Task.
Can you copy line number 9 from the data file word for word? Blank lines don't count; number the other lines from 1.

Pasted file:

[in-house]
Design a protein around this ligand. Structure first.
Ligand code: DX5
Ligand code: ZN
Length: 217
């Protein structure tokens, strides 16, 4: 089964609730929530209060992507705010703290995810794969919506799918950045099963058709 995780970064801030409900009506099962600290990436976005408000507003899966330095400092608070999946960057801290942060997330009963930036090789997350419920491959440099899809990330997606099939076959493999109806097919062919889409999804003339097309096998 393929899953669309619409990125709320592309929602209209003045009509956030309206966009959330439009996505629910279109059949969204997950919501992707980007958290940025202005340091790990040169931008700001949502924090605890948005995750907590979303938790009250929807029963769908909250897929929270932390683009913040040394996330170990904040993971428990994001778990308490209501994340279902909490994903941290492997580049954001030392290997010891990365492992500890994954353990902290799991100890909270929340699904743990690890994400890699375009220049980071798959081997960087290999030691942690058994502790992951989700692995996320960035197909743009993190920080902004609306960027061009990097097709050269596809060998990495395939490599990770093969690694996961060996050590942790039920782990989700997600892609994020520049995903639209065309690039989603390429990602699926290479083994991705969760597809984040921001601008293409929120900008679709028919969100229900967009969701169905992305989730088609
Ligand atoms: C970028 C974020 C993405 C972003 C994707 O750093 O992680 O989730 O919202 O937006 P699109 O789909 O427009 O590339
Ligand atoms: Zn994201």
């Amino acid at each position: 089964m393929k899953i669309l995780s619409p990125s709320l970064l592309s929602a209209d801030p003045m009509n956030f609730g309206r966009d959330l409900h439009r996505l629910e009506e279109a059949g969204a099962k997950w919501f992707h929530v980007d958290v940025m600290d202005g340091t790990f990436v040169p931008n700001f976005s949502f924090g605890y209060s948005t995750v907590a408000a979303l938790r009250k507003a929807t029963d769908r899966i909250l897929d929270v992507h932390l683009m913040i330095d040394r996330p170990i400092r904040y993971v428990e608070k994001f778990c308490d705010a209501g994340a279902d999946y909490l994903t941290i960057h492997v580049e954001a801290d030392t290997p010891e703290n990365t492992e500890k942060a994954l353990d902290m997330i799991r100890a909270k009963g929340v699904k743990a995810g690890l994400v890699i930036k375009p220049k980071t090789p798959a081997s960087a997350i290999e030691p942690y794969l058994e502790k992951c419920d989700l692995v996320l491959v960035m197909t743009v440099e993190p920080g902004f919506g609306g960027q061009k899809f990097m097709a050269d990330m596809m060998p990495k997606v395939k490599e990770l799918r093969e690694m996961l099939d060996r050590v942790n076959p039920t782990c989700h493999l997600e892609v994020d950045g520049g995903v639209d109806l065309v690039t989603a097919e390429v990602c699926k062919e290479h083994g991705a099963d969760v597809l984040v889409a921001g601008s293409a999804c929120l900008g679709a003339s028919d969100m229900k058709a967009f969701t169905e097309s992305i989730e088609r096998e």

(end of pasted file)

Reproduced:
């Amino acid at each position: 089964m393929k899953i669309l995780s619409p990125s709320l970064l592309s929602a209209d801030p003045m009509n956030f609730g309206r966009d959330l409900h439009r996505l629910e009506e279109a059949g969204a099962k997950w919501f992707h929530v980007d958290v940025m600290d202005g340091t790990f990436v040169p931008n700001f976005s949502f924090g605890y209060s948005t995750v907590a408000a979303l938790r009250k507003a929807t029963d769908r899966i909250l897929d929270v992507h932390l683009m913040i330095d040394r996330p170990i400092r904040y993971v428990e608070k994001f778990c308490d705010a209501g994340a279902d999946y909490l994903t941290i960057h492997v580049e954001a801290d030392t290997p010891e703290n990365t492992e500890k942060a994954l353990d902290m997330i799991r100890a909270k009963g929340v699904k743990a995810g690890l994400v890699i930036k375009p220049k980071t090789p798959a081997s960087a997350i290999e030691p942690y794969l058994e502790k992951c419920d989700l692995v996320l491959v960035m197909t743009v440099e993190p920080g902004f919506g609306g960027q061009k899809f990097m097709a050269d990330m596809m060998p990495k997606v395939k490599e990770l799918r093969e690694m996961l099939d060996r050590v942790n076959p039920t782990c989700h493999l997600e892609v994020d950045g520049g995903v639209d109806l065309v690039t989603a097919e390429v990602c699926k062919e290479h083994g991705a099963d969760v597809l984040v889409a921001g601008s293409a999804c929120l900008g679709a003339s028919d969100m229900k058709a967009f969701t169905e097309s992305i989730e088609r096998e």